With the Raspberry Pi, I was able to achieve all of the goals I originally set out for, except Full speed emulation. Sadly, I doubt that the Rapberry Pi will ever be capable of running something along the lines of BSNES; cycle-accurate, exact emulation. In my testing, Retroarch using the PocketSNES core emulates the SNES on the Raspberry Pi the best, but only is playable when sound is disabled. A viable alternative to PocketSNES is an older build of SNES9x, v1.39 that was ported by palerider of the Raspberrypi.org forums.
The older SNES9x build was deigned for much slower computers than we’re accustomed to today, and thus makes use of different hacks and shortcuts to produce emulation, and the result isn’t nearly as accurate as newer emulators. The plus though is the SNES9x build allows for sound emulation at acceptable game play speeds. Unfortunately, the sound emulation follows quality of the rest of the emulation; it is not implemented well. Nor is expansion chipped games, such as Star Fox supported.
I managed to fit all the components neatly inside the case, and gave up for now on trying to extend HDMI to the back panel. I also went with a WiFi dongle over Ethernet to keep things tidy.
USB was routed through pins 2&3 of the stock SNES controller ports as they aren’t mapped to any standard 1st or 3rd party controller. I made custom SNES Controller Port <> USB dongles to connect keyboards from outside the case.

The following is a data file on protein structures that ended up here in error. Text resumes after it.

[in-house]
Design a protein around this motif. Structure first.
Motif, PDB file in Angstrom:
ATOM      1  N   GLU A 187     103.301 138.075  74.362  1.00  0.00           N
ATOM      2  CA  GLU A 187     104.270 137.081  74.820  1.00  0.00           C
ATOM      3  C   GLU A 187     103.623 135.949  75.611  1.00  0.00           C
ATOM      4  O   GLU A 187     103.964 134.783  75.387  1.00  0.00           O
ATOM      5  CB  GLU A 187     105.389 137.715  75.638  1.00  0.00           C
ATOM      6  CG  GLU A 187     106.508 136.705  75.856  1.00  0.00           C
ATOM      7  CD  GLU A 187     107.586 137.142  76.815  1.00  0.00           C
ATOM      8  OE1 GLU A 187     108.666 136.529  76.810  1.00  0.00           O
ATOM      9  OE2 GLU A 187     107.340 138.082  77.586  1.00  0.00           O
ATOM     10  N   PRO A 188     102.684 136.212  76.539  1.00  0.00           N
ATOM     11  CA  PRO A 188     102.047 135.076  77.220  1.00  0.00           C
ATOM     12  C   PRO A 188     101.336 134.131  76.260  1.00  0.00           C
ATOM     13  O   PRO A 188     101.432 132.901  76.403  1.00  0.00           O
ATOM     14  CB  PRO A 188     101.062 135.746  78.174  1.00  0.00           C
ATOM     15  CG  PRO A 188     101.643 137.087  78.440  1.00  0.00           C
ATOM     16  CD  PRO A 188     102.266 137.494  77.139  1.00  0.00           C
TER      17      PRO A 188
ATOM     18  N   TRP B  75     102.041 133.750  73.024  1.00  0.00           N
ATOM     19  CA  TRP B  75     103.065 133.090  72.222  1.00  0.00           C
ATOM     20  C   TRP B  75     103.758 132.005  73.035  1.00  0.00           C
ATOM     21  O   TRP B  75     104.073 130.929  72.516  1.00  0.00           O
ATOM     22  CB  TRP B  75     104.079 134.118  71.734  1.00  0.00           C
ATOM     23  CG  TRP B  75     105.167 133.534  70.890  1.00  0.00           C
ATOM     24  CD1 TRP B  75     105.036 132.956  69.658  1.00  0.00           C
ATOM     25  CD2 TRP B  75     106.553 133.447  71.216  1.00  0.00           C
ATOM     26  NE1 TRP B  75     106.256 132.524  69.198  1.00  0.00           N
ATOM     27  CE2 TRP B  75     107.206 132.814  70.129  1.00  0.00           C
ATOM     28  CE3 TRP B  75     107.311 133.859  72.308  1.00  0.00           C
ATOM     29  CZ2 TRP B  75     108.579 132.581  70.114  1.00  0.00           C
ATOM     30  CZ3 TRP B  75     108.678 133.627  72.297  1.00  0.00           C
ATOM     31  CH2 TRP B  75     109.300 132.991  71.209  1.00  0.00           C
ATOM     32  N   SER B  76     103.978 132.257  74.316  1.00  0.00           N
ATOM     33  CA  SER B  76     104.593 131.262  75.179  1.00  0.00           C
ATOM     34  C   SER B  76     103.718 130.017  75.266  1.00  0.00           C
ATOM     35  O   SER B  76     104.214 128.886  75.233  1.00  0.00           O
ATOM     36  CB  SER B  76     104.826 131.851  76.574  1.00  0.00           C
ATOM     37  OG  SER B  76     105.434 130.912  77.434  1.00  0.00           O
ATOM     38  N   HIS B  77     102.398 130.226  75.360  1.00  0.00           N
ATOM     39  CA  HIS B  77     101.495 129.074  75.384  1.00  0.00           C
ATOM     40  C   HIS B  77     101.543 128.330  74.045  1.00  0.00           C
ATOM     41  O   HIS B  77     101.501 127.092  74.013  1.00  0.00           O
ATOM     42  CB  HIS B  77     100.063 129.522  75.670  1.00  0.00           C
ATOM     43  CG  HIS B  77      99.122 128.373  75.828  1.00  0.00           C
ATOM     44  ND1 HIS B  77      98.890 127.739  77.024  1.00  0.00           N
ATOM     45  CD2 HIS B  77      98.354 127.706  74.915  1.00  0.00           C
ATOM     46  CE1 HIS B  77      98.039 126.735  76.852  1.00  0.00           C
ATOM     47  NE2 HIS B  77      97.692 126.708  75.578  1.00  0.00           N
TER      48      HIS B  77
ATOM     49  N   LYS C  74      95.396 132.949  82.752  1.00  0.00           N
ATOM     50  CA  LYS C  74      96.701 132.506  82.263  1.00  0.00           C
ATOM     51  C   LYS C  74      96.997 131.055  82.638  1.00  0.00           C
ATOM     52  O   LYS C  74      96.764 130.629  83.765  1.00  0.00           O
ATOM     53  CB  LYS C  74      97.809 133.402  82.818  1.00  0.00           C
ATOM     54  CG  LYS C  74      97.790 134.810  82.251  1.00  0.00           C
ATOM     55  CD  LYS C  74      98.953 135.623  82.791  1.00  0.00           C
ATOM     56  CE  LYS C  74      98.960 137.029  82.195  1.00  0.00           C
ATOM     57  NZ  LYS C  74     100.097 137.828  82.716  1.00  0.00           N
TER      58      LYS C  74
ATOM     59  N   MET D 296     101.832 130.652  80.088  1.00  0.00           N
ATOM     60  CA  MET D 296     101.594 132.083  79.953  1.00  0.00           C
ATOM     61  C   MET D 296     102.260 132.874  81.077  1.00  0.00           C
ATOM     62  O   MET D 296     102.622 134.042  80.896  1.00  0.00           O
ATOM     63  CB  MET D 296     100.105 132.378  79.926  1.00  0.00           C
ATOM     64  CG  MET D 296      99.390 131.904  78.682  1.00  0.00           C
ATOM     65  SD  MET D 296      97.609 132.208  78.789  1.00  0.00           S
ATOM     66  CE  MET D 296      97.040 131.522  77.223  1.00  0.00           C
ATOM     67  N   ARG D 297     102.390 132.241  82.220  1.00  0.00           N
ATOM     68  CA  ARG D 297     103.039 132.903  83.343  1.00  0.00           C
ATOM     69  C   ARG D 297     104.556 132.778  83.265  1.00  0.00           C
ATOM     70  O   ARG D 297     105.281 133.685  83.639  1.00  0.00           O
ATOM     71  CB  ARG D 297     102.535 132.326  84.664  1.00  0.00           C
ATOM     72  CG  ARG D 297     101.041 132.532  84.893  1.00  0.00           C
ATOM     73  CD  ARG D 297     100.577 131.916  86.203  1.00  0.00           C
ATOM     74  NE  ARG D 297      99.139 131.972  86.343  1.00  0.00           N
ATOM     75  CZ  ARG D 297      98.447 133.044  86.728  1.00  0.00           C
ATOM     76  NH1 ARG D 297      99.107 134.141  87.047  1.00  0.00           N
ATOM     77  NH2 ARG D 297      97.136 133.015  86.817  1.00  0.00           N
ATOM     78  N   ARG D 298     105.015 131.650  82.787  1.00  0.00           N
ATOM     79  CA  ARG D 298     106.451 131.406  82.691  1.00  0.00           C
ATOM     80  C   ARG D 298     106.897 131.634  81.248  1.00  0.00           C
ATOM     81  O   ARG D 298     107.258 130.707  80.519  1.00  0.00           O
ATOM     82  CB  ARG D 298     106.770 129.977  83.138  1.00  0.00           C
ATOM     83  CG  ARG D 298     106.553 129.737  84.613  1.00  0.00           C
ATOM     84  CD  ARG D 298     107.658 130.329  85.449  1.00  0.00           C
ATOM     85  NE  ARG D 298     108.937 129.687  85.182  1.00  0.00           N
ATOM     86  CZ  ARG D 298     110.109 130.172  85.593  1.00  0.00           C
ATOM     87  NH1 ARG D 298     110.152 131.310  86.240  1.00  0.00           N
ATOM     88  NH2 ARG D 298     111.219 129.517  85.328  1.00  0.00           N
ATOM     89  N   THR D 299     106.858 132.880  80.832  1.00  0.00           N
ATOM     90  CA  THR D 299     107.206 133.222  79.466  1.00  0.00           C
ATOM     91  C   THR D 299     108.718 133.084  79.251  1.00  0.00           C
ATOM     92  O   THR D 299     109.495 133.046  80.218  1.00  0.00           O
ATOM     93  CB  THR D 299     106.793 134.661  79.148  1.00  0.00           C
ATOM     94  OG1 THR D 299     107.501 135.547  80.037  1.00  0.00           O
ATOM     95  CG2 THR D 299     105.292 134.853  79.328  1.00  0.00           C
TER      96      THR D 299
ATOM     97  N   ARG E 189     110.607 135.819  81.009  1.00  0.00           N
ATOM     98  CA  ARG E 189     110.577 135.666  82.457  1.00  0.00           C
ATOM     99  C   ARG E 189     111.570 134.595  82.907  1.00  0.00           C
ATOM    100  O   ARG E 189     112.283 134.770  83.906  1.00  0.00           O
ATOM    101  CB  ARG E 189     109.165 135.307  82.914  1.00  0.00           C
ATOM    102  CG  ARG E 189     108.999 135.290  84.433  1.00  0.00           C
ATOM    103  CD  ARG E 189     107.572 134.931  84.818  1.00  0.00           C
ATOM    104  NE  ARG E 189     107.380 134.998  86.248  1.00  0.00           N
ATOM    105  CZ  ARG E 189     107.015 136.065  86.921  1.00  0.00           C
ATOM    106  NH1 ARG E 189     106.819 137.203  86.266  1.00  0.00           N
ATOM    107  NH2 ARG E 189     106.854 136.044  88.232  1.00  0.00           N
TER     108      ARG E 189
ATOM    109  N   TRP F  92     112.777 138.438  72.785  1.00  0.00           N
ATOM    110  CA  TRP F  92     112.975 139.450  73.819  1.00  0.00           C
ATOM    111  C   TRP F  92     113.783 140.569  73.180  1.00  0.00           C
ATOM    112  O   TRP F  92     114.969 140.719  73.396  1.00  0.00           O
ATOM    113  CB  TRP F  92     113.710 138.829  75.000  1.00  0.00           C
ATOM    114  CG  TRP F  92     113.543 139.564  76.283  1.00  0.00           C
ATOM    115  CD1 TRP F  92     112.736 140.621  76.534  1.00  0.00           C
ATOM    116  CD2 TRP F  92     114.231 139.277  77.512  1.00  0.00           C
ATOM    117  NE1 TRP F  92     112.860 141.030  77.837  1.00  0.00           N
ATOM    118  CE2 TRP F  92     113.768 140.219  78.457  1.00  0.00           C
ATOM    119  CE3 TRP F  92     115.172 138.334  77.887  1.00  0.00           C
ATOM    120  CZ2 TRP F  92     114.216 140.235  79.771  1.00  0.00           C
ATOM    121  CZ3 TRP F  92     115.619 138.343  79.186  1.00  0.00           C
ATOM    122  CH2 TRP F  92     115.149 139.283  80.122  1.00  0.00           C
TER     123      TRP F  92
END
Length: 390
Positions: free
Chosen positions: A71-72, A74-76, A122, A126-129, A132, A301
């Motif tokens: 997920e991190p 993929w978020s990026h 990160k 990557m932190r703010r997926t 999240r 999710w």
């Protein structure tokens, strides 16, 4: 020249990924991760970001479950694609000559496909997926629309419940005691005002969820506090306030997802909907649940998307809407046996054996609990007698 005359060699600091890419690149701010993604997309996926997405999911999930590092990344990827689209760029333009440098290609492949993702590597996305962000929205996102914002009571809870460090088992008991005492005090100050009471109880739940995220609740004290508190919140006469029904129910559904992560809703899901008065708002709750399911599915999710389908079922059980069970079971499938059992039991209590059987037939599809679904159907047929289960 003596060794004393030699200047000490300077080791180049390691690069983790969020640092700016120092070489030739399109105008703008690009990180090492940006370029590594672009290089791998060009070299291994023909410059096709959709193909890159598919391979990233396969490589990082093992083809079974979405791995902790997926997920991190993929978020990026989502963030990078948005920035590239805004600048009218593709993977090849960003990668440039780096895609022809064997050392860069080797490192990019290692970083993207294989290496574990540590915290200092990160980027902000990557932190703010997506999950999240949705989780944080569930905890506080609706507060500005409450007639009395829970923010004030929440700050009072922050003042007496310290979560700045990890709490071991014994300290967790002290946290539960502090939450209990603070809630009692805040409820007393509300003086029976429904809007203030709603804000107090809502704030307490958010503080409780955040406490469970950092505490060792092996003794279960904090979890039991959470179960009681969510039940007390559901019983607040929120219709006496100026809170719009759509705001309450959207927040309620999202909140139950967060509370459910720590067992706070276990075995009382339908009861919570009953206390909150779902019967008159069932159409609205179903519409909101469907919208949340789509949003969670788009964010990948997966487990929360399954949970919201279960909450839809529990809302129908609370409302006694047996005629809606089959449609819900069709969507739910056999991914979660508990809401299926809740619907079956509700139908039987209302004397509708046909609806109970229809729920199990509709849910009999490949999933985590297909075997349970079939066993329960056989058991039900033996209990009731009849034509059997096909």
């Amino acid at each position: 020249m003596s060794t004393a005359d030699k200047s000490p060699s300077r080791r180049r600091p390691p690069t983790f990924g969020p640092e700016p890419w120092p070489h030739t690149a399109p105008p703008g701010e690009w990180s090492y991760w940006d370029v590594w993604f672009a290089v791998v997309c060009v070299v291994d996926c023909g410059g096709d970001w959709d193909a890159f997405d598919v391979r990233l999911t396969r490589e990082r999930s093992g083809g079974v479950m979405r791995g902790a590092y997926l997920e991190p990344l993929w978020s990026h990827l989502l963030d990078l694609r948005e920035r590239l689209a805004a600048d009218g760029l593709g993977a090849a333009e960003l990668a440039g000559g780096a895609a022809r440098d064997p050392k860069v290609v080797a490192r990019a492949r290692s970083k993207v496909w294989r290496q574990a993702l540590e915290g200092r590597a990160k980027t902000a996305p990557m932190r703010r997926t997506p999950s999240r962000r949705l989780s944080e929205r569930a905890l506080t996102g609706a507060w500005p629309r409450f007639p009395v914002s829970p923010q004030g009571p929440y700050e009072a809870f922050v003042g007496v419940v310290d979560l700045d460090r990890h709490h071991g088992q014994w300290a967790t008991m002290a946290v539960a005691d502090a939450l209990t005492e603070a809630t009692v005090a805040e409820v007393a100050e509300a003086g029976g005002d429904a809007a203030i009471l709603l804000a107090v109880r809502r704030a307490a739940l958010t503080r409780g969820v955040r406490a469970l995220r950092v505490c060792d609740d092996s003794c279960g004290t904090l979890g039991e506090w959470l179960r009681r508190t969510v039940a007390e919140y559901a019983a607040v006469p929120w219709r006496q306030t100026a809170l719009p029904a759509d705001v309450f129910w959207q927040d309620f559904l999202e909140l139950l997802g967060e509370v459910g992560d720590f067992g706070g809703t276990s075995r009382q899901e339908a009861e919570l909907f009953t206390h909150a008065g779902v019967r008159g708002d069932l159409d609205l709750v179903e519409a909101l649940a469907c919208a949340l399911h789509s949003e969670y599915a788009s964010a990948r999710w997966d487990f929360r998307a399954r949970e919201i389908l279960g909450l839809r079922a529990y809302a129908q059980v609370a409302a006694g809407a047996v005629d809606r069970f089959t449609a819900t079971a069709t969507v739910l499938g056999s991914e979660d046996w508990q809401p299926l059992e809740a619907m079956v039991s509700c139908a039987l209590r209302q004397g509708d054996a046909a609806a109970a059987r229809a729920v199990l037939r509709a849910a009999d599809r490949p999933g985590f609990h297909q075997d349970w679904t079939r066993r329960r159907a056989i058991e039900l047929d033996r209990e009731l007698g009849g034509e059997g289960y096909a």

Early in the build process I had considered making the SNES Audio Processing Unit a permanent fixture of the project, but decided against it to save time, and to not cram the space inside of the console. I did make an enclosure for one of the removable Audio Processing Units, and placed the design on Thingiverse, so I imagine I could revisit this idea later.
In fact, Eben and Liz Upton of the Raspberry Pi Foundation stopped by our hackerspace while on their hackerspace tour, and I picked Eben’s brain a little on how I could mix the APU’s audio back into the Pi. Eben seemed to think that the I2S bus could be a viable interface to mix audio into the Pi as a sort of Line-Input. I even got Eben to sign the APU! He felt guilty though, as he commented that it was like signing a piece of computer history. After a bit of nudging, he agreed though.
All being said though, I believe the Raspberry Pi is a capable closed platform, and with enough community support, full speed SNES emulation should be possible. I’d like to even make kits out of this project, and kickstart it. Maybe along the lines of the RetroDuo, only Raspberry Pi enabled. Maybe with GPIO connected external processors to aid the Pi.